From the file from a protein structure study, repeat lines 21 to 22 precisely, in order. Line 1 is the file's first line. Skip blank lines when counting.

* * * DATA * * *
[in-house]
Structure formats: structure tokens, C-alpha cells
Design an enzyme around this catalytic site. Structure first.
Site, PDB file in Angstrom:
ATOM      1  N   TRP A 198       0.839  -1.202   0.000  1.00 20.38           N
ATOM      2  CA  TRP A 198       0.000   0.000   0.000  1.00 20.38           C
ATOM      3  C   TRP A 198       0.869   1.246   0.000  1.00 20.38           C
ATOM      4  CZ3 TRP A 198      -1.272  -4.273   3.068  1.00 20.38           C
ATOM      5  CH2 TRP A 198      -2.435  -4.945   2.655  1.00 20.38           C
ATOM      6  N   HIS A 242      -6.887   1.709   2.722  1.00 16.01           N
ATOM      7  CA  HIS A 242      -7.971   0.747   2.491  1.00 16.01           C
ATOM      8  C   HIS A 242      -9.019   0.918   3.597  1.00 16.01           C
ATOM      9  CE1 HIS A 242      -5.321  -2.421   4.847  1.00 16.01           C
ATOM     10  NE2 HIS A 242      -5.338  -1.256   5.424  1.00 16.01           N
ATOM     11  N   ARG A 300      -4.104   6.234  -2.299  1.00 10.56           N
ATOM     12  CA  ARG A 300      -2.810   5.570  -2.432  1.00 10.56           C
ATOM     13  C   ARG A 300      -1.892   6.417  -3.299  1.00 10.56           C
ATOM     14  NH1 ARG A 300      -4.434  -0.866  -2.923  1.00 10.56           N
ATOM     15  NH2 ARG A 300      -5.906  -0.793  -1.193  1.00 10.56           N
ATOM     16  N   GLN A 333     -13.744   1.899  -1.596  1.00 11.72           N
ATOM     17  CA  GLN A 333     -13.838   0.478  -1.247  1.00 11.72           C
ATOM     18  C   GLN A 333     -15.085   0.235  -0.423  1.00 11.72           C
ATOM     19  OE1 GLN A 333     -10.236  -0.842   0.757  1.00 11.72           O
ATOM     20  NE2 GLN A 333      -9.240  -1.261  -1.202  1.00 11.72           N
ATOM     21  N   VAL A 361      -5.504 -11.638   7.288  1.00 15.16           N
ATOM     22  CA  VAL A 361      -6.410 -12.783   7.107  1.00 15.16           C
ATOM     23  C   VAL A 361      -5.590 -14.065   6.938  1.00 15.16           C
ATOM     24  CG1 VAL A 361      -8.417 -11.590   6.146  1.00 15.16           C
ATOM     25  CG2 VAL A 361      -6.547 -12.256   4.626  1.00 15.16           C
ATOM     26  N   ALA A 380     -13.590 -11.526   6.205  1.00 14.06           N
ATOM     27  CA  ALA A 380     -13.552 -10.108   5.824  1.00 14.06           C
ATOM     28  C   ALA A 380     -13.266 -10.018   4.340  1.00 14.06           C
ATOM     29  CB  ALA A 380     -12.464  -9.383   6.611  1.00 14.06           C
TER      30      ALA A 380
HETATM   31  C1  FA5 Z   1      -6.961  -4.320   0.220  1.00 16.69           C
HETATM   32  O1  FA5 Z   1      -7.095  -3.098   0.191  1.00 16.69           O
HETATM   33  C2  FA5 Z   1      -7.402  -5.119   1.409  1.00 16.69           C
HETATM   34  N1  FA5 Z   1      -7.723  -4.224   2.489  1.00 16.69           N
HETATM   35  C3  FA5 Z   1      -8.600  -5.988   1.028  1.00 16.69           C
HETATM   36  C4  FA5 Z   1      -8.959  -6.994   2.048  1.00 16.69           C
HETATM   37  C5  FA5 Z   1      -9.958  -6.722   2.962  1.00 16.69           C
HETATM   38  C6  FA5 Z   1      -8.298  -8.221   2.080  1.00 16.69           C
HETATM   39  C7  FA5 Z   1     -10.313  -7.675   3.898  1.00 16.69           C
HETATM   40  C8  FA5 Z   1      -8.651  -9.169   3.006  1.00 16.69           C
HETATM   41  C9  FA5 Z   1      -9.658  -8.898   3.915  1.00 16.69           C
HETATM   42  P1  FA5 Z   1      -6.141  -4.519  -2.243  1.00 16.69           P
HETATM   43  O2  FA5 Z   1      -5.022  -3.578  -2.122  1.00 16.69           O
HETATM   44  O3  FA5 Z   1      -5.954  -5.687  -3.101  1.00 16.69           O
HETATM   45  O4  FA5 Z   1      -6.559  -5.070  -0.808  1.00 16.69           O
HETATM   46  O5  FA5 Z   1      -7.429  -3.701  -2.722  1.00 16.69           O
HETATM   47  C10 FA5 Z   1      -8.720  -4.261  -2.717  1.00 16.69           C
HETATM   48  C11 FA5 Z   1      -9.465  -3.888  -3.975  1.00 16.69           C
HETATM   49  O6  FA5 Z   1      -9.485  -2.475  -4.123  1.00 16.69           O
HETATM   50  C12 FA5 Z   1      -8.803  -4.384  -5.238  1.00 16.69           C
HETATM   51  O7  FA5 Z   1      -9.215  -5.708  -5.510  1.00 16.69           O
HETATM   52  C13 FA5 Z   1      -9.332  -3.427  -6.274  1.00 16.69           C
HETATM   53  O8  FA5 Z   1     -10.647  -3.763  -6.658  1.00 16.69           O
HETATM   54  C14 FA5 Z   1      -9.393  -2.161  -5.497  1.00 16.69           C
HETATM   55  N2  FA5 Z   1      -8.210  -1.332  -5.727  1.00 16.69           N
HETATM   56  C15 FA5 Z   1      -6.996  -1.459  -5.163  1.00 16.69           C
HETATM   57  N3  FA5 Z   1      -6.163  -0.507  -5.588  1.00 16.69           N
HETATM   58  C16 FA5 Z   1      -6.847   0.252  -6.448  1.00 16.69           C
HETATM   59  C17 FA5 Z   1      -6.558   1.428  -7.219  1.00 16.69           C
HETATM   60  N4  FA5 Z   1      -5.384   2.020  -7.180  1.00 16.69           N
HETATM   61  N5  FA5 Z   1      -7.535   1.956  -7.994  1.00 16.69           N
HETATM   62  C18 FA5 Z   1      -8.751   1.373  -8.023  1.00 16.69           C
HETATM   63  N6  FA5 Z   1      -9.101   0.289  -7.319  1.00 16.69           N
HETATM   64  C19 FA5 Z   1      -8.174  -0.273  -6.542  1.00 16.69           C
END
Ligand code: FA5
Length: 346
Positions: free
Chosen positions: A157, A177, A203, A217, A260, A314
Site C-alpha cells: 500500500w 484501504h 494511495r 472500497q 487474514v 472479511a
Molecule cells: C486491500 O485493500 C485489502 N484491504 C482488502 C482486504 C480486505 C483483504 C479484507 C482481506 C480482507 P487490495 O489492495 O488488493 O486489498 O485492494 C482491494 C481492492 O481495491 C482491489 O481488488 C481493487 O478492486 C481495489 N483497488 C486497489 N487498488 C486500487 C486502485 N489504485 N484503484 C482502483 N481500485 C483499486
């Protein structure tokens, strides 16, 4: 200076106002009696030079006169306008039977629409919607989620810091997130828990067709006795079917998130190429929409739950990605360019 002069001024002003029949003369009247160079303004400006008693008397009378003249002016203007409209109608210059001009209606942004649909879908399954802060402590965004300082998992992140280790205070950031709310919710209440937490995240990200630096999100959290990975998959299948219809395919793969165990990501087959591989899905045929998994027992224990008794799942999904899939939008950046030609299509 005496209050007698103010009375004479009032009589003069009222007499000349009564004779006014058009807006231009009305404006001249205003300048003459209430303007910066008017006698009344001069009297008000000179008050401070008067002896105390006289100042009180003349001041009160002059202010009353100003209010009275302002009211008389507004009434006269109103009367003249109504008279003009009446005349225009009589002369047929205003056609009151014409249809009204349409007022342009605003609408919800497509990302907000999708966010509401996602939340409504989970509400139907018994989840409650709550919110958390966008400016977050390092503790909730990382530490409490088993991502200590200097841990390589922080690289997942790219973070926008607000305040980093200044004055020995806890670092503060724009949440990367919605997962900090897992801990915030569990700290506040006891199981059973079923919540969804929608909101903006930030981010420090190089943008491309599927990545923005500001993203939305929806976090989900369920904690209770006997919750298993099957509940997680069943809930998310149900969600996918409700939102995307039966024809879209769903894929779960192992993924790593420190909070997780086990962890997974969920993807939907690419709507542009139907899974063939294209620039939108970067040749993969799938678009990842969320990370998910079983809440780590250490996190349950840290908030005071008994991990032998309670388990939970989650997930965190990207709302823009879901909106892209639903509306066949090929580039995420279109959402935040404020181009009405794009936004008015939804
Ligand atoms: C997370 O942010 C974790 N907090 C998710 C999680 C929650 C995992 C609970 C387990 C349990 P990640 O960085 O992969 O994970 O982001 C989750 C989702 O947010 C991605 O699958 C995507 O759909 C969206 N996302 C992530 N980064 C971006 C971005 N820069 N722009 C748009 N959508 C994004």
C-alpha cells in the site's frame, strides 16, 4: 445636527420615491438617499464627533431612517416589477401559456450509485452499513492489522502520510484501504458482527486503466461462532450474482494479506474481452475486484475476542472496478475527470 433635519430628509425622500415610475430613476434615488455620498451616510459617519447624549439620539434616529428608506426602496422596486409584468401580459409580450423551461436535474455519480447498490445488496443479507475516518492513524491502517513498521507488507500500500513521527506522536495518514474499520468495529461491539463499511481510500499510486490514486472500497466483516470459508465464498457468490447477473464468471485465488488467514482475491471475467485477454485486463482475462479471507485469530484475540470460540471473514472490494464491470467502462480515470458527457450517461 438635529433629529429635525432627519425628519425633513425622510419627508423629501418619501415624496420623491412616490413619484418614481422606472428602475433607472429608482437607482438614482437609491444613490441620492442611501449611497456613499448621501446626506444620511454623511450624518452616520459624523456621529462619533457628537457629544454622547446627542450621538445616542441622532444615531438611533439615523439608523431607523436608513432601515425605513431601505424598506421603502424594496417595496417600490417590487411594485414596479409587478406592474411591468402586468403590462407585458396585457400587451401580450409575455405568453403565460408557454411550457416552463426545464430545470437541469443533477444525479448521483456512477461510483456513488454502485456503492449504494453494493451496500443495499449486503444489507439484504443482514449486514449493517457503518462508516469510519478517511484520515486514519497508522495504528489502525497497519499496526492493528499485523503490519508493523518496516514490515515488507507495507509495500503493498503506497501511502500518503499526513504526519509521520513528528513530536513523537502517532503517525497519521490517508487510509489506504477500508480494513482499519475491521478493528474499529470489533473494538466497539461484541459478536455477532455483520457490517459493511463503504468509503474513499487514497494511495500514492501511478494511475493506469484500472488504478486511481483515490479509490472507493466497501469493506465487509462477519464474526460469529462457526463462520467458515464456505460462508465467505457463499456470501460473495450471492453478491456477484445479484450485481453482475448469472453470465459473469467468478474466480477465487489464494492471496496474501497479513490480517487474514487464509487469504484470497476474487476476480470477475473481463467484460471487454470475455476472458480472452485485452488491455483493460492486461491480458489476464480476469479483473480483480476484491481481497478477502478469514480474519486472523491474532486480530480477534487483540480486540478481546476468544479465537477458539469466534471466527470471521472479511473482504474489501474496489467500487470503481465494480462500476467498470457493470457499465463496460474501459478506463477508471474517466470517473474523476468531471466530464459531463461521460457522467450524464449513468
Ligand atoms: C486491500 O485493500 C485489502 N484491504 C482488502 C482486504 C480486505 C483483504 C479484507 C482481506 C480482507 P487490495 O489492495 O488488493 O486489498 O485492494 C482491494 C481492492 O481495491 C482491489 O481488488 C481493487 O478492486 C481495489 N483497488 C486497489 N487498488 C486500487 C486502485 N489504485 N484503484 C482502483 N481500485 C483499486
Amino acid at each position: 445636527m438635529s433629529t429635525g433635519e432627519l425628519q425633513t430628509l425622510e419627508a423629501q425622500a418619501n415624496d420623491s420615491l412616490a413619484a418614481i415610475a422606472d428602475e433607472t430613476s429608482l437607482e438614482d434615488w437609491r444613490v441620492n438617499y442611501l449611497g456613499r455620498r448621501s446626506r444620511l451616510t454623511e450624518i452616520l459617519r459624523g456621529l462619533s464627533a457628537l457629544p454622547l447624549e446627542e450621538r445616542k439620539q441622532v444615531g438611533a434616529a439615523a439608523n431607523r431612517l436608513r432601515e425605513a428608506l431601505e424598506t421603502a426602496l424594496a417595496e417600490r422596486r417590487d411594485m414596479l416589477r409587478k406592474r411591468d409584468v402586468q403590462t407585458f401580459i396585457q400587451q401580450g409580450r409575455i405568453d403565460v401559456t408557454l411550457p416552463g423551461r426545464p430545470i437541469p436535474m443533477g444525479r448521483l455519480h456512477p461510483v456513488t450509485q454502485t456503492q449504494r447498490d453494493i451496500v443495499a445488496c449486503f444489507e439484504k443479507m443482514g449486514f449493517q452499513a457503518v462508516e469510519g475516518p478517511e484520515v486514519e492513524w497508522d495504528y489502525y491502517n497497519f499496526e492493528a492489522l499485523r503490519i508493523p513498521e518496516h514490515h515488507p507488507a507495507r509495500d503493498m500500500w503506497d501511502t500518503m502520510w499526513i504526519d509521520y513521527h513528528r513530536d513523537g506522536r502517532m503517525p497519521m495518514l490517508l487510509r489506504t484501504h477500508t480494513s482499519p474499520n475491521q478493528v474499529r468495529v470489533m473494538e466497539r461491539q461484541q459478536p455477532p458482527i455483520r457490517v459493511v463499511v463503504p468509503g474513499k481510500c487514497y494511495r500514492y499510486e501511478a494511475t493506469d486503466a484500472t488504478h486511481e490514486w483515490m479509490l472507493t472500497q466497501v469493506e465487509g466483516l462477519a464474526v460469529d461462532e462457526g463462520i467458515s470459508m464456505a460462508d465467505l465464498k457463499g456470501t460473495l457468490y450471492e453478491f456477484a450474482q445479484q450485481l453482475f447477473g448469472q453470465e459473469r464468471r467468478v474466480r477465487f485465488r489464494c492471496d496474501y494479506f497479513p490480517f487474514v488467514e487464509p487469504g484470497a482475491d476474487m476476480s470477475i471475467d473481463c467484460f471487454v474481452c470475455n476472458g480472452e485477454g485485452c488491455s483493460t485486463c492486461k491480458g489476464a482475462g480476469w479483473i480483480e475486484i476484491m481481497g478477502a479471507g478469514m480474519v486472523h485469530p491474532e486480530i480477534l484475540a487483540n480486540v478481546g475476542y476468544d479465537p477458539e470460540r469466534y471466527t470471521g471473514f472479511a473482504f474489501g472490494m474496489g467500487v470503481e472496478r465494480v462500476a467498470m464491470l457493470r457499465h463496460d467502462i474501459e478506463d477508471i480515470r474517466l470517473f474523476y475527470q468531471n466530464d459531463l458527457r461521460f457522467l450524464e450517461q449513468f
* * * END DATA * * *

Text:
ATOM     17  CA  GLN A 333     -13.838   0.478  -1.247  1.00 11.72           C
ATOM     18  C   GLN A 333     -15.085   0.235  -0.423  1.00 11.72           C